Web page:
Your thesis teaches you to be a scientist!

Your thesis teaches you to be a scientist!

The final post from me is about the Research Project. 

Now that I have written my thesis, I can confidently say that this was the most rewarding part of the entire degree. It gave me the opportunity to gain in depth knowledge of one topic. My thesis was on colour perception and the more I read, the more intrigued I became and amazed at all the nuances and details in the topic and ingenuity and precision that researchers apply to demonstrate their theory. 

Before you start your thesis, you'll have an opportunity to learn about and meet with lots of potential supervisors (at least that's what I did, I saw it as a chance to chat to everyone about their topics) before allocation. There are some popular choices so some supervisors have their allocations swallowed up instantly, but I would urge you not to go with the first topic on your mind or your favourite lecturer but to read through all the suggested areas and go and speak to as many professors as you like because there's likely something you've never considered before that might spark some excitement, plus you'll be excited finding out the method of the experiment itself. I chose colour because there is nothing more visually exciting, and the method is robust and precisely measurable. My supervisor took me to her lab and showed me the setup which helped me understand what we'd be doing and really sold it to me. 

You may have an idea in your head of what you want to do already. That's great, I had loads too. If you've got one and you can find a supervisor who understands your topic and you've thought about how you're going to implement it, then excellent but get started on that immediately because it's likely to be more complicated that you first imagined. I had this crazy idea about creativity, imagination and eye tracking but after speaking to professors about it I realised that it would take me years and I only had months! I'm happy with my decision because seeing the hard work put into setting up a methodologically sound experiment was inspiring. 

As part of our thesis, we submitted a research proposal which contained some background reading and our experimental methods and hypotheses. You can start collecting data as soon as you and your supervisor agree on it, for me that was March but most people wait until after exams in May. Once you've collected your data, you can analyse it, interpret the results and integrate with the literature you've read. Analysing the data and interpreting the results is the opportunity to put into practice everything you have learned about statistics but I also found, as this was the most complex design I'd used yet, it was a huge learning process and beneficial in itself. I also suggest reading around the topic as much and as early as possible because the more you understand whilst running the experiment, the more ideas you will generate for your discussion. For me, just observing participants I was considering certain implications and limitations and as I continued to read I saw how it all slotted in with the current theories. So the earlier you start reading the better understanding you will gain of your topic. Having said that I read things in the last week before submitting that I wished I'd known earlier so consider this as wisdom I am imparting on you! The whole process is very challenging and a substantial piece of work (and to your grade, 1/3rd) but now that it's over I can say it was thoroughly worth it.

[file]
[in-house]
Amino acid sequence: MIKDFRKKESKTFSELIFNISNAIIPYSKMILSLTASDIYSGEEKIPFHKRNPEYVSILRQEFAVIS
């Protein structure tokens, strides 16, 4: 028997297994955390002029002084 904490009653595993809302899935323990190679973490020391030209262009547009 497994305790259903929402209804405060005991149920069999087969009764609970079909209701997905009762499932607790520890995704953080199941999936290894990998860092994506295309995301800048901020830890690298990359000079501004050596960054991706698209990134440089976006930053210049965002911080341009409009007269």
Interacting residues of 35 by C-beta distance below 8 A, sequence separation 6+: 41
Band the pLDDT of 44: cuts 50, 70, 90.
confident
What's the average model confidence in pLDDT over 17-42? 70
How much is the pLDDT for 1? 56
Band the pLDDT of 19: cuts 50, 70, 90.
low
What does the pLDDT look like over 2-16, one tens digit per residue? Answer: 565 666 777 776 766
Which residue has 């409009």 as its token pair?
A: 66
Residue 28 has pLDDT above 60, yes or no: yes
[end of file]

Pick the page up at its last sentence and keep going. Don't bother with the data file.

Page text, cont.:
You can choose between different styles of research, either surveys (correlational studies where you'll look for patterns in individual responses) or experiments. Personally, I would say choose an experiment. Surveys are less demanding and it's easy to collect 100's of responses. Experiments are the opportunity to get involved with real scientific method and make genuine observations about how people behave. The Psychology department is equipped with technology including eye tracking equipment that you have a chance to use so getting in the lab to run your study would be my advice. 

My final word – the thesis teaches you to be a scientist! Psychology as a social science is unique in that measuring human behaviour can be challenging, therefore you develop a critical mind as to what is fact and what is 'fiction' (or a poorly designed study). It is hugely beneficial to understand how science is performed. Now you can listen to the news, read the paper or any article or hear from a friend and when you hear something quoted you can think, 'how do they actually know that, DO they actually know that, and if so how was it demonstrated? 

Joshua Bugg graduated with an MSc Psychological Studies in 2019

Published by The School of Psychology, University of Aberdeen


There are currently no comments for this post.

Your Comment

Search Blog

Browse by Month


  1. Jan There are no items to show for January 2021
  2. Feb There are no items to show for February 2021
  3. Mar There are no items to show for March 2021
  4. Apr
  5. May There are no items to show for May 2021
  6. Jun
  7. Jul
  8. Aug
  9. Sep
  10. Oct There are no items to show for October 2021
  11. Nov There are no items to show for November 2021
  12. Dec There are no items to show for December 2021


  1. Jan
  2. Feb
  3. Mar
  4. Apr
  5. May
  6. Jun
  7. Jul
  8. Aug
  9. Sep There are no items to show for September 2020
  10. Oct
  11. Nov
  12. Dec